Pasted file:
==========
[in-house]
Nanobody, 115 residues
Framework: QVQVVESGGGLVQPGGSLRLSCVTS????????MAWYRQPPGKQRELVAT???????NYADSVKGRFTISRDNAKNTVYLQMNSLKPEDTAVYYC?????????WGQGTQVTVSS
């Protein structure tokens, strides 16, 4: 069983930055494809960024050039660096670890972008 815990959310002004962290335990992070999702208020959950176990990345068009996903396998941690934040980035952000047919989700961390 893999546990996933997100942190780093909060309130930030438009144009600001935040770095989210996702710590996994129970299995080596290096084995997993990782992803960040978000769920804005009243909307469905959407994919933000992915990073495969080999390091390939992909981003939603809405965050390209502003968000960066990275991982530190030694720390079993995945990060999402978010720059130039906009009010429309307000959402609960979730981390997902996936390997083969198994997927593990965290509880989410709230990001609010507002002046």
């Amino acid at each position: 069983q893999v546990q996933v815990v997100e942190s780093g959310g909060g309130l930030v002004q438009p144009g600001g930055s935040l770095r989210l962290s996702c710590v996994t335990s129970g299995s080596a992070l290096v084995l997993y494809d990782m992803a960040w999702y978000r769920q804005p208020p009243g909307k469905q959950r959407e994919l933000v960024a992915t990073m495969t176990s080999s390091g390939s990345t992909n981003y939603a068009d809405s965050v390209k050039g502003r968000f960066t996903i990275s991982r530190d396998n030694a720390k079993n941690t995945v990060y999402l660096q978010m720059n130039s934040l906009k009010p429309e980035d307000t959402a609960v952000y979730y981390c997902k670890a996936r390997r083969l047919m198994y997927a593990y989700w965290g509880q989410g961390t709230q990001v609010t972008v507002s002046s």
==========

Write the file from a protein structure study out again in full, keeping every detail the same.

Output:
[in-house]
Nanobody, 115 residues
Framework: QVQVVESGGGLVQPGGSLRLSCVTS????????MAWYRQPPGKQRELVAT???????NYADSVKGRFTISRDNAKNTVYLQMNSLKPEDTAVYYC?????????WGQGTQVTVSS
């Protein structure tokens, strides 16, 4: 069983930055494809960024050039660096670890972008 815990959310002004962290335990992070999702208020959950176990990345068009996903396998941690934040980035952000047919989700961390 893999546990996933997100942190780093909060309130930030438009144009600001935040770095989210996702710590996994129970299995080596290096084995997993990782992803960040978000769920804005009243909307469905959407994919933000992915990073495969080999390091390939992909981003939603809405965050390209502003968000960066990275991982530190030694720390079993995945990060999402978010720059130039906009009010429309307000959402609960979730981390997902996936390997083969198994997927593990965290509880989410709230990001609010507002002046």
């Amino acid at each position: 069983q893999v546990q996933v815990v997100e942190s780093g959310g909060g309130l930030v002004q438009p144009g600001g930055s935040l770095r989210l962290s996702c710590v996994t335990s129970g299995s080596a992070l290096v084995l997993y494809d990782m992803a960040w999702y978000r769920q804005p208020p009243g909307k469905q959950r959407e994919l933000v960024a992915t990073m495969t176990s080999s390091g390939s990345t992909n981003y939603a068009d809405s965050v390209k050039g502003r968000f960066t996903i990275s991982r530190d396998n030694a720390k079993n941690t995945v990060y999402l660096q978010m720059n130039s934040l906009k009010p429309e980035d307000t959402a609960v952000y979730y981390c997902k670890a996936r390997r083969l047919m198994y997927a593990y989700w965290g509880q989410g961390t709230q990001v609010t972008v507002s002046s």